Where did it all begin?
Through the 1960s, ocean yacht racing grew both in its scope and ambition. The 1920s had seen the birth of classic ocean races such as the Bermuda Race and the Fastnet Race, both tough challenges of about 600 miles each. But, in 1964, Sir Francis Chichester completed a solo circumnavigation in his yacht Gipsy Moth IV with the stated object of completing the passage in the shortest possible time.
This injected a sense of competition and sport into an undertaking that had previously been counted a very daring adventure. Chichester's voyage attracted huge worldwide publicity and inspired many a young sailor to dreams of emulating his achievement.
In 1969, the London Sunday Times promoted the Golden Globe Race, a non-stop single-handed voyage around the world and a ragtag flotilla answered the call. The somewhat mystical Frenchman, Bernard Moitessier was well in the lead when he dismissed the entire idea of a race as anathema. A purist in search of perfect harmony with nature and the sea, he diverted his course to his beloved Tahiti, leaving Englishman Robin Knox-Johnston to claim the prize.
The Sunday Times Golden Globe Race was a non-stop, single-handed, round-the-world yacht race, held in 1968-1969, and was the first round-the-world yacht race. The race was controversial due to the failure by most competitors to finish the race and because of the suicide of one entrant; however, it ultimately led to the founding of the BOC Challenge and Vendée Globe round-the-world races, both of which continue to be successful and popular. The race was sponsored by the British Sunday Times newspaper and was designed to capitalise on a number of individual round-the-world voyages which were already being planned by various sailors; for this reason, there were no qualification requirements, and competitors were offered the opportunity to join and permitted to start at any time between 1 June and 31 October 1968. The Golden Globe trophy was offered to the first person to complete an unassisted, non-stop single-handed circumnavigation of the world via the great capes, and a separate £5,000 prize was offered for the fastest single-handed circumnavigation.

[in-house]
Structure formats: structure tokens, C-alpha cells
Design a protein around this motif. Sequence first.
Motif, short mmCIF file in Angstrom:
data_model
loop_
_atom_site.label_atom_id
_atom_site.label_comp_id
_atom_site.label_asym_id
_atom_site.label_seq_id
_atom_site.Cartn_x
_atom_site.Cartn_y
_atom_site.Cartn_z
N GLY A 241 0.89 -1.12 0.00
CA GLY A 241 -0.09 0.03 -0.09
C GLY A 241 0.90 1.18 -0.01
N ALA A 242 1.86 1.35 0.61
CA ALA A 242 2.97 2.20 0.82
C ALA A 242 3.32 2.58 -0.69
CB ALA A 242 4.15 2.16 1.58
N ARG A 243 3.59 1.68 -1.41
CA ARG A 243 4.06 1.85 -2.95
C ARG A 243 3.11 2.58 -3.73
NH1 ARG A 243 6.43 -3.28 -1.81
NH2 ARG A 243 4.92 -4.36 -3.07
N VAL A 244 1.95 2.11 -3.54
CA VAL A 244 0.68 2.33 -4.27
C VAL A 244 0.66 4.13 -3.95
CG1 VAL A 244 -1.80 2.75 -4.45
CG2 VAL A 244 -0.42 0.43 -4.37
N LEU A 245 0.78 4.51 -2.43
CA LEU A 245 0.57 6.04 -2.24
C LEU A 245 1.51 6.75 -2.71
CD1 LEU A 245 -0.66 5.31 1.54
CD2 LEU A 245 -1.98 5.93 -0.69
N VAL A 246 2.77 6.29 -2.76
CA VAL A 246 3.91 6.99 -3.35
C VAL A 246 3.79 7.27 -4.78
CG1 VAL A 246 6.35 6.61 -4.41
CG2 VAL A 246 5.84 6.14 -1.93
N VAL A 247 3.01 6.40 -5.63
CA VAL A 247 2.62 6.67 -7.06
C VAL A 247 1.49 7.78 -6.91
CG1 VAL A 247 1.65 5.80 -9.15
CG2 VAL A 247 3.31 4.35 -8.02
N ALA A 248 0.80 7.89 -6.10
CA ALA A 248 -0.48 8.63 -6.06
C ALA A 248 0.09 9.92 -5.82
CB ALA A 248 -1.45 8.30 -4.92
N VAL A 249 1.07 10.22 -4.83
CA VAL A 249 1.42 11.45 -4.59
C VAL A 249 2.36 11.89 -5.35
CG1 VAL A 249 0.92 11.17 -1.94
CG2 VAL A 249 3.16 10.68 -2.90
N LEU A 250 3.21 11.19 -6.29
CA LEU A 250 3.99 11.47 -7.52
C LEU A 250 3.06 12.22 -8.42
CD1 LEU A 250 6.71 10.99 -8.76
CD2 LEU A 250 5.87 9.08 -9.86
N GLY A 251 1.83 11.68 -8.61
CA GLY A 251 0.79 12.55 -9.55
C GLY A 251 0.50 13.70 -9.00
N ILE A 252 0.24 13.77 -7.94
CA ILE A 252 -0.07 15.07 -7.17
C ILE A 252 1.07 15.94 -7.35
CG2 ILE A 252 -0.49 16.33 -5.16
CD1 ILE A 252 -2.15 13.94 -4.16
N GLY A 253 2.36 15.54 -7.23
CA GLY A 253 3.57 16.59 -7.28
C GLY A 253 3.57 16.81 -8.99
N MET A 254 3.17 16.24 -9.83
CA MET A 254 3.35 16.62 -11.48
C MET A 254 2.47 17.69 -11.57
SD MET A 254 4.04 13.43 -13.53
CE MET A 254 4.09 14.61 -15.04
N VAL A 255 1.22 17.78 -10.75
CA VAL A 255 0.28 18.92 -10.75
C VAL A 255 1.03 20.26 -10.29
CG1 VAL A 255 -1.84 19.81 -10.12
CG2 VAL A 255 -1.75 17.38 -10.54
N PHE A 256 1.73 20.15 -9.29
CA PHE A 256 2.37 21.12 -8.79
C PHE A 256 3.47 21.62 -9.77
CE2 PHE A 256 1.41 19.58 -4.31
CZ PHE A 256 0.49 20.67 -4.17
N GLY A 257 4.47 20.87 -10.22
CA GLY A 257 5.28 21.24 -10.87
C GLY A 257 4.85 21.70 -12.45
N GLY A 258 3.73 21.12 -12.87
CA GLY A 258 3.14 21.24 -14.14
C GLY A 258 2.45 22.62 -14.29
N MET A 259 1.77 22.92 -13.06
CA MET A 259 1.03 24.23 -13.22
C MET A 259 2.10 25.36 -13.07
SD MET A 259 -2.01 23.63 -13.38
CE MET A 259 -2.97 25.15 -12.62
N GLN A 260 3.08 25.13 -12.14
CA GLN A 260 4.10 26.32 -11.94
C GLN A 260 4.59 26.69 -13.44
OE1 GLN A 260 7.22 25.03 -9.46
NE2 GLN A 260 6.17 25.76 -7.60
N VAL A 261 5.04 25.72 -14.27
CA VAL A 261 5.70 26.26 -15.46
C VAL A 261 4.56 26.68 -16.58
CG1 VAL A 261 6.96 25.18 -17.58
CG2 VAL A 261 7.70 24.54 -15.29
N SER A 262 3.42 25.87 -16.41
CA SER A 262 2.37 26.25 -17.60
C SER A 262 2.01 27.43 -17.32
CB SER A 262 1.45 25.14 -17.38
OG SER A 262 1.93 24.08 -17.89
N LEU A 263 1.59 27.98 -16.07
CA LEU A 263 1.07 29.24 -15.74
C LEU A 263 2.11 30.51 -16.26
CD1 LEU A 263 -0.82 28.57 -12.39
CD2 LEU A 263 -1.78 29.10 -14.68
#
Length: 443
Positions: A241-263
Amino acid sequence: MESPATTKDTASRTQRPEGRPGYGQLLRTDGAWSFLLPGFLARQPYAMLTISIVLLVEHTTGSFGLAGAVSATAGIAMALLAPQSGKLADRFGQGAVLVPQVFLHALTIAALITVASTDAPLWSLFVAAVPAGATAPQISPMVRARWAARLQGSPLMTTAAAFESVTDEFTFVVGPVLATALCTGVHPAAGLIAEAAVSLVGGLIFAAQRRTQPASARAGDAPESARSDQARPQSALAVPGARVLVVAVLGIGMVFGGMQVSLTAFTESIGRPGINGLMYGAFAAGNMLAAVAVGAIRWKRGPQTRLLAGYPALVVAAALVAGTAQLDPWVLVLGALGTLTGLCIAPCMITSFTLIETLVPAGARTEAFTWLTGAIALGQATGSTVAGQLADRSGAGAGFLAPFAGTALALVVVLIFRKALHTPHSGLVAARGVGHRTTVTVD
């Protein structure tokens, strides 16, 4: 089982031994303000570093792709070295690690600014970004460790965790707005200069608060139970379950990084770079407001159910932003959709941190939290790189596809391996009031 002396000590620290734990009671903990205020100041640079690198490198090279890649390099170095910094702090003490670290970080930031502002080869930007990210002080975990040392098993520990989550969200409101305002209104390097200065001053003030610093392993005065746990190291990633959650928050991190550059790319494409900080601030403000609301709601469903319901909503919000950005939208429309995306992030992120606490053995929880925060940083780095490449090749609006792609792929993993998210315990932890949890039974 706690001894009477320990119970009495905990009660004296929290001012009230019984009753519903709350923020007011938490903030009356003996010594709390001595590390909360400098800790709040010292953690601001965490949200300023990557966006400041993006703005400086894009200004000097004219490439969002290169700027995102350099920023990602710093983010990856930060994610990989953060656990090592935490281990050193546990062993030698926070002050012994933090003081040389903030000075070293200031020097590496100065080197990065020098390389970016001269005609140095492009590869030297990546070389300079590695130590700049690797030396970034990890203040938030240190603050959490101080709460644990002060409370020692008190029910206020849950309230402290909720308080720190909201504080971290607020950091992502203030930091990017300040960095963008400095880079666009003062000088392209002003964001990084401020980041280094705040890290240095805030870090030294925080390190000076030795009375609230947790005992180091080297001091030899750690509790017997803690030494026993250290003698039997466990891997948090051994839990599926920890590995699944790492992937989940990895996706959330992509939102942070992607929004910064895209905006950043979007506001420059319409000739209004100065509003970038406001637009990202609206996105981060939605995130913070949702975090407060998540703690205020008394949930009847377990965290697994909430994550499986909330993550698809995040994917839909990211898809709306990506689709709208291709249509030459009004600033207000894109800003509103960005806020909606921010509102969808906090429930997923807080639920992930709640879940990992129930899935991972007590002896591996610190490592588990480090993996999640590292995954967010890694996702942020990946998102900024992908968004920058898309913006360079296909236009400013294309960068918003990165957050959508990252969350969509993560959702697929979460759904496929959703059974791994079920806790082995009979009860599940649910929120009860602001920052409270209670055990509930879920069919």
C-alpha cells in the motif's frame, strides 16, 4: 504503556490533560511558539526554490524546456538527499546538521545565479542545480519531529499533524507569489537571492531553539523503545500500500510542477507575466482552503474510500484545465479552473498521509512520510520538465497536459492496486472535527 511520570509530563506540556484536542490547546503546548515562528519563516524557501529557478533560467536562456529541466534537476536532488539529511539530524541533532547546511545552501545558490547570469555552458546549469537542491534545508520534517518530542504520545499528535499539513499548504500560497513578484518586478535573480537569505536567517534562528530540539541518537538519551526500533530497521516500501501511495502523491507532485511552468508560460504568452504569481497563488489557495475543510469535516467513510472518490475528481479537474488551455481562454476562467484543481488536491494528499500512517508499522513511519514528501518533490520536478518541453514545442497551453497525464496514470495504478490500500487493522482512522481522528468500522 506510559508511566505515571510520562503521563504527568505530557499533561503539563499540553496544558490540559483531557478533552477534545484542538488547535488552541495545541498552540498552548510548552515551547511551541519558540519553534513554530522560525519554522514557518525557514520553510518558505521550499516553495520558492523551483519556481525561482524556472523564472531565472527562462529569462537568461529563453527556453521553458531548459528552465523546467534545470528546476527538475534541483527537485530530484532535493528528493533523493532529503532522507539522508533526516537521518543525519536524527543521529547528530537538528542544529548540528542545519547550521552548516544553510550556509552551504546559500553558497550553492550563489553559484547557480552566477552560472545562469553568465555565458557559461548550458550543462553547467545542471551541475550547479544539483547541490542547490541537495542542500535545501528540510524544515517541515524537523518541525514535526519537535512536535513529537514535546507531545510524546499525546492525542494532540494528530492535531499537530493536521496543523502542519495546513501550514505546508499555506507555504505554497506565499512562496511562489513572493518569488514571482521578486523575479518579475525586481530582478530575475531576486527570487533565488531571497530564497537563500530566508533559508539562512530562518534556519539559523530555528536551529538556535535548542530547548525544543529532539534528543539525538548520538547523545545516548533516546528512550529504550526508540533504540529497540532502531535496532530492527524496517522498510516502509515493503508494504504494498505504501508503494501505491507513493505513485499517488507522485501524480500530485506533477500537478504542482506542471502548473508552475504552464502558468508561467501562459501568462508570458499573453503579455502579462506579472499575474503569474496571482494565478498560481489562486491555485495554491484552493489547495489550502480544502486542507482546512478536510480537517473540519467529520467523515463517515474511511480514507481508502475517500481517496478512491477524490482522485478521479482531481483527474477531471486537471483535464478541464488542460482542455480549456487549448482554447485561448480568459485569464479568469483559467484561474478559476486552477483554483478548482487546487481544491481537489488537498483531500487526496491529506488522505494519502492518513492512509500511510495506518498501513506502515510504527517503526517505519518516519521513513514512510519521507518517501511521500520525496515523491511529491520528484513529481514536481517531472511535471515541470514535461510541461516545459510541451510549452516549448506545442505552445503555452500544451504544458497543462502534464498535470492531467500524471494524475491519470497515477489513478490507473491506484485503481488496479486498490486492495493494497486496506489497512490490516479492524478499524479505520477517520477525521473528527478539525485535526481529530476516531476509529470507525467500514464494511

Nine sailors started the race; four retired before leaving the Atlantic Ocean. Of the five remaining, Chay Blyth, who had set off with absolutely no sailing experience, sailed past the Cape of Good Hope before retiring; Nigel Tetley sank with 1,100 nautical miles (2,000 km) to go while leading; Donald Crowhurst, who attempted to fake a round-the-world voyage, began to show signs of mental illness, and then committed suicide; and Bernard Moitessier, who rejected the philosophy behind a commercialised competition, abandoned the race while in a strong position to win and kept sailing non-stop until he reached Tahiti after circling the globe one and a half times. Robin Knox-Johnston was the only entrant to complete the race, becoming the first person to sail single-handed and non-stop around the world. He was awarded both prizes, and later donated the £5,000 to a fund supporting Crowhurst's family.
These early contests led to the creation of a "proper" race around the world in fully crewed yachts. With the Royal Naval Sailing Association in command and with sponsorship from British brewers, the Whitbread Round the World Race was born.
Photos of ENZA by Christian Fevrier